Spanish for 100 is a welcome change, the proverbial breath of fresh air. I have to admit I was blown away, disappointed only by the limited number of songs on the album. I wanted more, immediately. It's not that Spanish for 100 betrays its Seattle roots by opting for super happy upbeat music. Not by a long shot. For me, this album is perfect for a rainy, lazy Sunday afternoon, sitting on the couch, reading the paper and drinking tea. It's not party music. It's just completely enjoyable and fresh sounding. They somehow manage to stay safely within the confines of conventional indie-rock without sounding stale or exactly like a million other bands out there. Each song is unique but conforms remarkably well to the overall feel and sound of the album.

I can't say enough about the quality of the production, which makes sense because it is the product of indie darling Phil Ek, who has worked with such enviable groups as Modest Mouse and The Shins. Spanish for 100 is comprised of Ross McGilvray, Chris Crumpler, Aaron Starkey and Corey Passons and this is their sophomore effort. I've noticed that emerging bands tend to pair either excellent song writing skills with a mediocre sound or fantastic musicianship with rather shallow lyrics. Spanish For 100, however, is the complete package. Their song writing is deep and heartfelt and their music varies from loud stadium rock to soft indie-rock with terrific melodies.

"Go Away, Come Home," the opening song on the album, is extremely catchy, with a great melody and a slow, lazy sound. It's definitely one of my favourites. "Jungle with Lions" slows down the pace even more than the opener and has great instrumental interludes, time when the band can really show off their musical talent. I love Passon's vocals on this track. It's clear and slightly nasal, but in a good way. The production on this song is amazing, the sound is fantastic. It's way more polished than what you find from most emerging artists.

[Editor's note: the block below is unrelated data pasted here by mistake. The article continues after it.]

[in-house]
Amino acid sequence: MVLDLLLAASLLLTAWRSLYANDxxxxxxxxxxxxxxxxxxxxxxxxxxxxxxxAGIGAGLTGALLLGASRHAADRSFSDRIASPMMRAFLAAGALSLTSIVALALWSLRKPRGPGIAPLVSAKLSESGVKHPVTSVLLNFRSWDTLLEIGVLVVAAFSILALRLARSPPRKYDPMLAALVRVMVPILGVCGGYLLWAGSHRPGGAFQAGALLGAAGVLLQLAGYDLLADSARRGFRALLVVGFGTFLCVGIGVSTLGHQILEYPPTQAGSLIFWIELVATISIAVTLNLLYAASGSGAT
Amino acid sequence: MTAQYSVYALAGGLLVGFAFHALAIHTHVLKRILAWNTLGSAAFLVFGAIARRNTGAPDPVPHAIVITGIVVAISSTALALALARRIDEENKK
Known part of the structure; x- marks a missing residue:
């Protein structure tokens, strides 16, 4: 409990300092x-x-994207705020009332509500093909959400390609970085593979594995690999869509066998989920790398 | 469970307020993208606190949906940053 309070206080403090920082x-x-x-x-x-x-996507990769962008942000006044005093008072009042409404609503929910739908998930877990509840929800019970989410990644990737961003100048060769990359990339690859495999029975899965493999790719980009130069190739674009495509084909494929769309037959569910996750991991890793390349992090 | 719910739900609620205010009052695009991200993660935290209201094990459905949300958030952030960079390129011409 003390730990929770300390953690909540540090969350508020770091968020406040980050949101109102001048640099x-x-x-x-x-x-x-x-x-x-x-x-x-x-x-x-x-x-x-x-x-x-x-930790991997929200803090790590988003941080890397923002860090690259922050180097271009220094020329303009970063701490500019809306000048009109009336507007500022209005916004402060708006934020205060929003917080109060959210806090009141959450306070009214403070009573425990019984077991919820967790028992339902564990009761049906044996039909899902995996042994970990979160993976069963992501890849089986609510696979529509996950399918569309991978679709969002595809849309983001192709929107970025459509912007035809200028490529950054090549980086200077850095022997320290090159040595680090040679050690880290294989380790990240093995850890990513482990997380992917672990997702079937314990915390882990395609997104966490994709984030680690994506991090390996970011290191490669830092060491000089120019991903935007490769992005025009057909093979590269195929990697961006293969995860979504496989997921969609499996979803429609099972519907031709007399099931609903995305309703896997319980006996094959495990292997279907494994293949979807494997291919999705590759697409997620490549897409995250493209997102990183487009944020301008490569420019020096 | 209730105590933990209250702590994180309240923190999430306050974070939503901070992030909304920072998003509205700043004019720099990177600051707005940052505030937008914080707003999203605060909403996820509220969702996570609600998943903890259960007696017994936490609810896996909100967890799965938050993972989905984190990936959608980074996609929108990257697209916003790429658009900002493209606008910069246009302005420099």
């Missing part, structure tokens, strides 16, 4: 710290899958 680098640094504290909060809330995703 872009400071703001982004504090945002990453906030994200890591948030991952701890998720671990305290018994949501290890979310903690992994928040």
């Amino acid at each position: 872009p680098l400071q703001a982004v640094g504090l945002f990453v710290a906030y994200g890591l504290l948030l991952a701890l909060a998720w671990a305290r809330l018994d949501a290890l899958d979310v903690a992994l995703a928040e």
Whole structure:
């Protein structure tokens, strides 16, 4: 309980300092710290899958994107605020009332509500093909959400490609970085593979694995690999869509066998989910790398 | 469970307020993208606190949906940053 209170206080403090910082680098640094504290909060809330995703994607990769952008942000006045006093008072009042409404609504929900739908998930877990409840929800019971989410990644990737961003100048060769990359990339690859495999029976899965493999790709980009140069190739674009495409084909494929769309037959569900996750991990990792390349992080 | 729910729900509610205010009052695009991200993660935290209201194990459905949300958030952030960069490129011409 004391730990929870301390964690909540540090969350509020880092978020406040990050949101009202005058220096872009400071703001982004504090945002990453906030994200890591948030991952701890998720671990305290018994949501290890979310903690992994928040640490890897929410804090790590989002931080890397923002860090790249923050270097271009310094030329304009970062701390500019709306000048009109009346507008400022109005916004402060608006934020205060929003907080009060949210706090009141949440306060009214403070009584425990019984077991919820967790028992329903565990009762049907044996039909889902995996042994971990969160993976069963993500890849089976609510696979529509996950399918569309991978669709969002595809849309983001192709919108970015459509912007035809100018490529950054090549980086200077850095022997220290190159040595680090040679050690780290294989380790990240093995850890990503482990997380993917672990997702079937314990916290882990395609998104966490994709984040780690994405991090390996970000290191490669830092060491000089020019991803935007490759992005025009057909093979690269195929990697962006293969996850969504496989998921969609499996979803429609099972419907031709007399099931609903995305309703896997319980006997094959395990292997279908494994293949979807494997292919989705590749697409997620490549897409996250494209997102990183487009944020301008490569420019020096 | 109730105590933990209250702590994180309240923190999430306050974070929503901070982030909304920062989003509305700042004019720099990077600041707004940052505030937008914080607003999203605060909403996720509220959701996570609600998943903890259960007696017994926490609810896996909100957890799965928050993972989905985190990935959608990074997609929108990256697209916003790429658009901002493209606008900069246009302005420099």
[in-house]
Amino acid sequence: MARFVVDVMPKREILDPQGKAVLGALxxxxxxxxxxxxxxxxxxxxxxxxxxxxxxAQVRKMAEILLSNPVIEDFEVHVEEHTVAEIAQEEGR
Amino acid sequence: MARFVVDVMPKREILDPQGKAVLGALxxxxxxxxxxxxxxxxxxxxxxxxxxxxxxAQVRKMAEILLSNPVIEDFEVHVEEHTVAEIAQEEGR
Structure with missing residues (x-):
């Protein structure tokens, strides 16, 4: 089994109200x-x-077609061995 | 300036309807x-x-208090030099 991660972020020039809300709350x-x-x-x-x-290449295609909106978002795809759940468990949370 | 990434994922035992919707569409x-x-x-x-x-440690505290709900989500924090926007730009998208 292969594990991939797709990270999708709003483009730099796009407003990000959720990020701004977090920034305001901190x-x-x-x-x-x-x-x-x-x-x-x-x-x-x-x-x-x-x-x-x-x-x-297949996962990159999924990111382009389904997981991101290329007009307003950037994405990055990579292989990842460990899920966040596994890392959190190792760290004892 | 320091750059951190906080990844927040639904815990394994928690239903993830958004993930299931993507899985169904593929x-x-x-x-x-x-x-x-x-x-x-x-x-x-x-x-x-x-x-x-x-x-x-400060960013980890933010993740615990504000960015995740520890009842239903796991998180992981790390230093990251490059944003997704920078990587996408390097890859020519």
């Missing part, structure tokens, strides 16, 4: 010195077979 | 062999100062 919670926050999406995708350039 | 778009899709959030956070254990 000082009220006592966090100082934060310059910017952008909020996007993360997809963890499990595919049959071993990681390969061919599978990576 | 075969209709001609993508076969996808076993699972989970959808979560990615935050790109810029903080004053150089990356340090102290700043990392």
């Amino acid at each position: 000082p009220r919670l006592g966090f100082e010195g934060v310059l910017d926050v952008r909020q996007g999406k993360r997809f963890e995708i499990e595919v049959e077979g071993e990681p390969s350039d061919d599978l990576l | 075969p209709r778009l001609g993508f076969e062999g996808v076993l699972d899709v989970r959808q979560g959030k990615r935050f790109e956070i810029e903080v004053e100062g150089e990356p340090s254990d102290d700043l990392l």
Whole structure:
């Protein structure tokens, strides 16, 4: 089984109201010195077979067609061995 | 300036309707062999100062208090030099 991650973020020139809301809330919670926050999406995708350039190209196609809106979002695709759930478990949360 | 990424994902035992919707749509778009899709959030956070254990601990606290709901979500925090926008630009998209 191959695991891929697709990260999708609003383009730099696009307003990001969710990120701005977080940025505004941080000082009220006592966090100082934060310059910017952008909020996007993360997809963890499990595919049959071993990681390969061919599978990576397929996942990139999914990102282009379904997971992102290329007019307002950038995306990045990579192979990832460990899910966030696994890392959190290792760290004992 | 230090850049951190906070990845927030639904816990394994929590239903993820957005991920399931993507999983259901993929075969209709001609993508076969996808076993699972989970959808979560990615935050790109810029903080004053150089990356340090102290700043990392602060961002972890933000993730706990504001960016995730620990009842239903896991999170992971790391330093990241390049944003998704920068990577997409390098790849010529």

"Fell a Bird" speeds things up, but still offers a fantastic melody and hook. The electric guitars really come out to play on this one. It's louder and more akin to stadium rock than their other tracks that tend to have a more folkish quality about them.

This is truly a fantastic album, I think you'll be pleasantly surprised if you pick it up. I hope that Spanish for 100 amasses enough of a following to record a full length album because really, six songs hardly seem adequate. - Left Hip Magazine


Discography

Jezebel - produced by Martin Feveyear - Released Spring 2010

Say What You Want To Say To Me - produced by phil ek and johnny sangster - Released March 2007 - NAIL distribution - great reviews. national college radio play.

METRIC - procuded by Phil Ek - EP - released nationally on NAIL distribution in 2005 - - NAIL distribution - great reviews. national college radio play.

Newborn Driving - produced by Phil Ek - full length - released in 2002 - national college radio play

all albums can be downloaded from our website.

Photos

Bio

we are not trite, we side step indie conventions without ignorning the truth found within the unconventional. we are 3 hometown boys from spokane and an outsider from chicago. folks in the midwest love us. we love them. when we tour, (3 us tours to date...) we tour in a 26ft bio-diesel bus. we like to nap. we avoided the 80's.

phil ek is our producer(built to spill, the shins, modest mouse) and he makes us sound almost as good as we do live.